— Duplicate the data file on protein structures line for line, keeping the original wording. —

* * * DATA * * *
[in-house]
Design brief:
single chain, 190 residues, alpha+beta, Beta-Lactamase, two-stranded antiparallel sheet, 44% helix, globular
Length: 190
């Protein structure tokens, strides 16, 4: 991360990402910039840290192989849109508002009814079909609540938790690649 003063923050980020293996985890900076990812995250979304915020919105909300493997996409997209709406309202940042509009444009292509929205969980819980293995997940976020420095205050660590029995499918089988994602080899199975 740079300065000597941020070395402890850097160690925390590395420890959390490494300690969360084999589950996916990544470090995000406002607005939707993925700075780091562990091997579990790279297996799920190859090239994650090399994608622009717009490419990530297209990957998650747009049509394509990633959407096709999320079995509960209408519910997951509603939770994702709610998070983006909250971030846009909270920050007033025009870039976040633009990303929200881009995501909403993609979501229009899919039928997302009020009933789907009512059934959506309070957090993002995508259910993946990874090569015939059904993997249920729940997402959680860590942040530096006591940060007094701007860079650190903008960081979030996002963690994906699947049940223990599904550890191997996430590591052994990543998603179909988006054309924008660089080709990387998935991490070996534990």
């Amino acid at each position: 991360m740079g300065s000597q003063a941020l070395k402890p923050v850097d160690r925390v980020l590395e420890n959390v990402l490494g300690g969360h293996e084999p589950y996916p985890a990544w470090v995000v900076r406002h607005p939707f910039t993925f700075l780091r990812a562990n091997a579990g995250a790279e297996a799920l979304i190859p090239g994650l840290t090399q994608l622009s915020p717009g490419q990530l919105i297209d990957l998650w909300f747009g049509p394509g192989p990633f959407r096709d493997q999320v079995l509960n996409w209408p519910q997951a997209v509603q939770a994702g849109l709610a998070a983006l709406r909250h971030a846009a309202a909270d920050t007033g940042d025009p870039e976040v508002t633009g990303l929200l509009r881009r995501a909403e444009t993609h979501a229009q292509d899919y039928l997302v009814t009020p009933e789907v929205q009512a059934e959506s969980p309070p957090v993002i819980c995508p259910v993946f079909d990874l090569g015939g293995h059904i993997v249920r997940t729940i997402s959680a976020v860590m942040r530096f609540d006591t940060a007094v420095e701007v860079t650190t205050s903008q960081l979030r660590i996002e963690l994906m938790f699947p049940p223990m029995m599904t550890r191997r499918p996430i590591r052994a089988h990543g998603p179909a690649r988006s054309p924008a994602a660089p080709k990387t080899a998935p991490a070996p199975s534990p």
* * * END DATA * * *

[in-house]
Design brief:
single chain, 190 residues, alpha+beta, Beta-Lactamase, two-stranded antiparallel sheet, 44% helix, globular
Length: 190
């Protein structure tokens, strides 16, 4: 991360990402910039840290192989849109508002009814079909609540938790690649 003063923050980020293996985890900076990812995250979304915020919105909300493997996409997209709406309202940042509009444009292509929205969980819980293995997940976020420095205050660590029995499918089988994602080899199975 740079300065000597941020070395402890850097160690925390590395420890959390490494300690969360084999589950996916990544470090995000406002607005939707993925700075780091562990091997579990790279297996799920190859090239994650090399994608622009717009490419990530297209990957998650747009049509394509990633959407096709999320079995509960209408519910997951509603939770994702709610998070983006909250971030846009909270920050007033025009870039976040633009990303929200881009995501909403993609979501229009899919039928997302009020009933789907009512059934959506309070957090993002995508259910993946990874090569015939059904993997249920729940997402959680860590942040530096006591940060007094701007860079650190903008960081979030996002963690994906699947049940223990599904550890191997996430590591052994990543998603179909988006054309924008660089080709990387998935991490070996534990």
């Amino acid at each position: 991360m740079g300065s000597q003063a941020l070395k402890p923050v850097d160690r925390v980020l590395e420890n959390v990402l490494g300690g969360h293996e084999p589950y996916p985890a990544w470090v995000v900076r406002h607005p939707f910039t993925f700075l780091r990812a562990n091997a579990g995250a790279e297996a799920l979304i190859p090239g994650l840290t090399q994608l622009s915020p717009g490419q990530l919105i297209d990957l998650w909300f747009g049509p394509g192989p990633f959407r096709d493997q999320v079995l509960n996409w209408p519910q997951a997209v509603q939770a994702g849109l709610a998070a983006l709406r909250h971030a846009a309202a909270d920050t007033g940042d025009p870039e976040v508002t633009g990303l929200l509009r881009r995501a909403e444009t993609h979501a229009q292509d899919y039928l997302v009814t009020p009933e789907v929205q009512a059934e959506s969980p309070p957090v993002i819980c995508p259910v993946f079909d990874l090569g015939g293995h059904i993997v249920r997940t729940i997402s959680a976020v860590m942040r530096f609540d006591t940060a007094v420095e701007v860079t650190t205050s903008q960081l979030r660590i996002e963690l994906m938790f699947p049940p223990m029995m599904t550890r191997r499918p996430i590591r052994a089988h990543g998603p179909a690649r988006s054309p924008a994602a660089p080709k990387t080899a998935p991490a070996p199975s534990p």